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Obama is right about giving 'woke' culture a rest. Will progressives listen?

By Clarence Page, Tribune Content Agency on

Formerly defined as simply the opposite of being asleep, "woke" in the era of Black Lives Matter and the #MeToo movement frequently describes an awareness of important facts and issues, particularly in areas of racial and social justice.

However, as the crowdsourced and up-to-the-minute Urban Dictionary more recently offers, "woke" also can mean "the act of being very pretentious about how much you care about a social issue."

That's the more current and plainly more sarcastic meaning of "woke" that Barack Obama was using in Chicago when he called on progressives to cancel the current "call out" or "cancel culture" when it drives them to go overboard in their pursuit of ideological purity.

"This idea of purity," he said, speaking at the annual Obama Foundation Summit, "and (that) you're never compromised and you're always politically woke and all that stuff -- you should get over that quickly."

In Obama's sit-down with actress and activist Yara Shahidi and four of his Obama Foundation fellows, the former president's criticism of progressive "woke-ness" offered a valuable message of tolerance for dissenting views, a message clearly aimed at his own party's famously rambunctious progressive wing.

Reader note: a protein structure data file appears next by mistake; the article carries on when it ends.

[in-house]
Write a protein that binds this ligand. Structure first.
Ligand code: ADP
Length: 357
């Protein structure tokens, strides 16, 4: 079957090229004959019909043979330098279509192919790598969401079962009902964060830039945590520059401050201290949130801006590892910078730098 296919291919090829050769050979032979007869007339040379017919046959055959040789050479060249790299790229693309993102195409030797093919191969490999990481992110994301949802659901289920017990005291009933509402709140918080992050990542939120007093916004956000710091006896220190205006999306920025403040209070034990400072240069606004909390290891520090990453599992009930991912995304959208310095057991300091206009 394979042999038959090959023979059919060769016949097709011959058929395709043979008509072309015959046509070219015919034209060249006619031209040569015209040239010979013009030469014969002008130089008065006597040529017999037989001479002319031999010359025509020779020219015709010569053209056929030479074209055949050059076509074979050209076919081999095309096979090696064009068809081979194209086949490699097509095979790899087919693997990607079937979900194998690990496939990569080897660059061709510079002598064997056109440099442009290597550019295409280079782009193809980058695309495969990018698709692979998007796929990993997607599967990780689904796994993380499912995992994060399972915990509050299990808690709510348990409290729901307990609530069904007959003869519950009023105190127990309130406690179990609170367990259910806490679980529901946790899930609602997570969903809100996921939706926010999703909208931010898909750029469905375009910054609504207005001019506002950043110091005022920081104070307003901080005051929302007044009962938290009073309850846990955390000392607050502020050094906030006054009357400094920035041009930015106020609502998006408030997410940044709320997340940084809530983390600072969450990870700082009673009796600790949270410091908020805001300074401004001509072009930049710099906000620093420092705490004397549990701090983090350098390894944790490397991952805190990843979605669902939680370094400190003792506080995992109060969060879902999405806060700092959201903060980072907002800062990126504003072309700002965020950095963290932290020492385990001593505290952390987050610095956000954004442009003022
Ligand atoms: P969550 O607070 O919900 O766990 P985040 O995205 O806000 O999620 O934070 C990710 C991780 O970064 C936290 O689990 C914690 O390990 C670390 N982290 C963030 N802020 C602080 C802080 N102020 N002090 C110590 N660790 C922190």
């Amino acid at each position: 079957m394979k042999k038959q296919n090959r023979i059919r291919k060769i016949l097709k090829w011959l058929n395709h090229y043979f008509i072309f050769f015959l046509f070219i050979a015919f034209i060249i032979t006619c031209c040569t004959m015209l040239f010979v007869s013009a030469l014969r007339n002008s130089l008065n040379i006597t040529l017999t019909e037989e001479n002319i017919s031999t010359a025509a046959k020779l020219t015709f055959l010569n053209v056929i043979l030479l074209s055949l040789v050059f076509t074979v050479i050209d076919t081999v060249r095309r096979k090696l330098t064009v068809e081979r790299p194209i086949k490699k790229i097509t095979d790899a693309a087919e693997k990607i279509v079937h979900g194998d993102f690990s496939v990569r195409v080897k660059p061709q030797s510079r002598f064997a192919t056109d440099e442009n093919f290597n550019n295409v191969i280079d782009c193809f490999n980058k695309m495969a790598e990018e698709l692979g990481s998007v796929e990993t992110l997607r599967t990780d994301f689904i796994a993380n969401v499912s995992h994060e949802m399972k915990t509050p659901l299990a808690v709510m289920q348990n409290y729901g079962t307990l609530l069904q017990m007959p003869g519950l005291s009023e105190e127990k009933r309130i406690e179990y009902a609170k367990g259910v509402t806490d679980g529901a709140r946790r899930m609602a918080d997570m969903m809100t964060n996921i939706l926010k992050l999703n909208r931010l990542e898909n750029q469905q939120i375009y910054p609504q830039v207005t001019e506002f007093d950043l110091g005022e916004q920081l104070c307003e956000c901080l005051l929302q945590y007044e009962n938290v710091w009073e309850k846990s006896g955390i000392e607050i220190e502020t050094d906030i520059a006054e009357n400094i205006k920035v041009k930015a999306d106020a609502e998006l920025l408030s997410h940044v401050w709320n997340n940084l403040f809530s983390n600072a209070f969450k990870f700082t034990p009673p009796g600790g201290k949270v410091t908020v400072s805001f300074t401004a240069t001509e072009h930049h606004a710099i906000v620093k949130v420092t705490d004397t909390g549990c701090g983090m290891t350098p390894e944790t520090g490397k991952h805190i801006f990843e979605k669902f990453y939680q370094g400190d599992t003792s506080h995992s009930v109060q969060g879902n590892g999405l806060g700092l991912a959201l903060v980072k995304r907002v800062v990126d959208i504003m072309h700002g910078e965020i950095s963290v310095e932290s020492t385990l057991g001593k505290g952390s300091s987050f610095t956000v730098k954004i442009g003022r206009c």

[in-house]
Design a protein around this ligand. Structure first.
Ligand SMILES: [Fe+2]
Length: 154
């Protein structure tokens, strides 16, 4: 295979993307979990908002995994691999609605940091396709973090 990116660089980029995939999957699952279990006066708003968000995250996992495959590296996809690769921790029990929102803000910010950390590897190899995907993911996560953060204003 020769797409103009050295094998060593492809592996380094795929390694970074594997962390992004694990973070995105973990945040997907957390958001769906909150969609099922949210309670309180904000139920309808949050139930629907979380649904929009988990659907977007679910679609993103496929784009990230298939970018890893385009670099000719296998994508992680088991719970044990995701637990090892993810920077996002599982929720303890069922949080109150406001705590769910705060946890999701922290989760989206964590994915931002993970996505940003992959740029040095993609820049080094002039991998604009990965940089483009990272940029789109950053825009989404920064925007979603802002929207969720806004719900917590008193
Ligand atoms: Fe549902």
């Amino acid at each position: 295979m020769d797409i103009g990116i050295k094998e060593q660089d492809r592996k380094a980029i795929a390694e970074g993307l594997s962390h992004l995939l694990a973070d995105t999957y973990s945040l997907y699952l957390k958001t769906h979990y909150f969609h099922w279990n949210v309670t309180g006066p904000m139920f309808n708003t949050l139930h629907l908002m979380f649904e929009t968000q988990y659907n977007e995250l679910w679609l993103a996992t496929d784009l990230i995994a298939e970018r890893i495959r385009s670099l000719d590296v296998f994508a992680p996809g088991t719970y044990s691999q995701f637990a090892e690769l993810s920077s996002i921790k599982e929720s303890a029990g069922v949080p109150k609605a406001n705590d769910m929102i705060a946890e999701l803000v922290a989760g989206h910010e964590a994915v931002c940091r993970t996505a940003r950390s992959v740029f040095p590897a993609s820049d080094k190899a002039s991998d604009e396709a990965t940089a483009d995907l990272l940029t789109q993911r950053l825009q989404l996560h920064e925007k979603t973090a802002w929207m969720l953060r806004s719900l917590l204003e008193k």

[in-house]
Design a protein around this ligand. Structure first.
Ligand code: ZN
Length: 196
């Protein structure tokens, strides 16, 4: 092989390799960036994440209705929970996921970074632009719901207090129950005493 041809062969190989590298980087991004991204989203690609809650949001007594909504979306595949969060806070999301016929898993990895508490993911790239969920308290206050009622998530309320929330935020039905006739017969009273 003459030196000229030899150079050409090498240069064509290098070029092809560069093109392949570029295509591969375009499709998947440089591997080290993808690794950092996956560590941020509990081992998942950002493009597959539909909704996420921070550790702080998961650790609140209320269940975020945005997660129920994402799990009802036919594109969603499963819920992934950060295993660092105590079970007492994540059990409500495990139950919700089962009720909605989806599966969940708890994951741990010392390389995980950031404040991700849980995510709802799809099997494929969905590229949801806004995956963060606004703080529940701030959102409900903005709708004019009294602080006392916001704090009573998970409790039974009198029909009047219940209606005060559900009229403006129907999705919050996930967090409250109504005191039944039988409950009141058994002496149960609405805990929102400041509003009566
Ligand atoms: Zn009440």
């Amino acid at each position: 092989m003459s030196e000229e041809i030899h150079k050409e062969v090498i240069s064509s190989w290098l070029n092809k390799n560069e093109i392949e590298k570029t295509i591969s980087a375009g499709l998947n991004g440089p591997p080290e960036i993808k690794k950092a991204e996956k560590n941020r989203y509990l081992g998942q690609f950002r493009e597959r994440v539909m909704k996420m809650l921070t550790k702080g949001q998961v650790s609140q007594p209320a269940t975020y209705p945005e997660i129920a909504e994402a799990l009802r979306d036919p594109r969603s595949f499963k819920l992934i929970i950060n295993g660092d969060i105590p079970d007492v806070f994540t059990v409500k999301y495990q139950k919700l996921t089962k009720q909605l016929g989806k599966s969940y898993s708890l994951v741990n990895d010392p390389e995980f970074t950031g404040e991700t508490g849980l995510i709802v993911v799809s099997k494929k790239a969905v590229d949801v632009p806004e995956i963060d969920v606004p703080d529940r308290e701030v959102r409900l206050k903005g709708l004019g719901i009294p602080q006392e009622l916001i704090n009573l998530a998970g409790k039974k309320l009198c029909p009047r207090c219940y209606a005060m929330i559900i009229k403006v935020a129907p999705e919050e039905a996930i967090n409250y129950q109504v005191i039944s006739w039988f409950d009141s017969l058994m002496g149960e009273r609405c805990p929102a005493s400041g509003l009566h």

"The world is messy," he said. "There are ambiguities. People who do really good stuff have flaws. People who you are fighting may love their kids and share certain things with you."

 

Obama brought a necessary message at a time when the party is deeply divided over their crowded field of contenders and how capable they may be to take on a vulnerable President Donald Trump. With a woefully divided front against Trump's united Republicans, they could snatch defeat out of the jaws of victory.

Obama didn't name names, but Hillary Clinton lost the Electoral College in 2016 partly because of her failure to unify the party's left wing and moderates after she defeated Vermont Sen. Bernie Sanders in the primaries. She won Illinois and most of the states on both coasts but fell narrowly behind Trump in the economically struggling industrial upper Midwest. People argue about how much low support from Sanders voters hurt her, but it clearly didn't help.

Now Obama's unity message aims to remind them of something he often told Democrats during his presidency: Don't let the perfect be the enemy of the good.

As much as Obama offers a test of how well his party can hold itself together, it's also a test of whether anyone is listening to him anymore, particularly in his party's progressive wing. You can't just be holier-than-thou about your politics, he preached: You have to get out and put in some work to persuade others to join your cause.

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(c) 2019 CLARENCE PAGE DISTRIBUTED BY TRIBUNE MEDIA SERVICES, INC.
 

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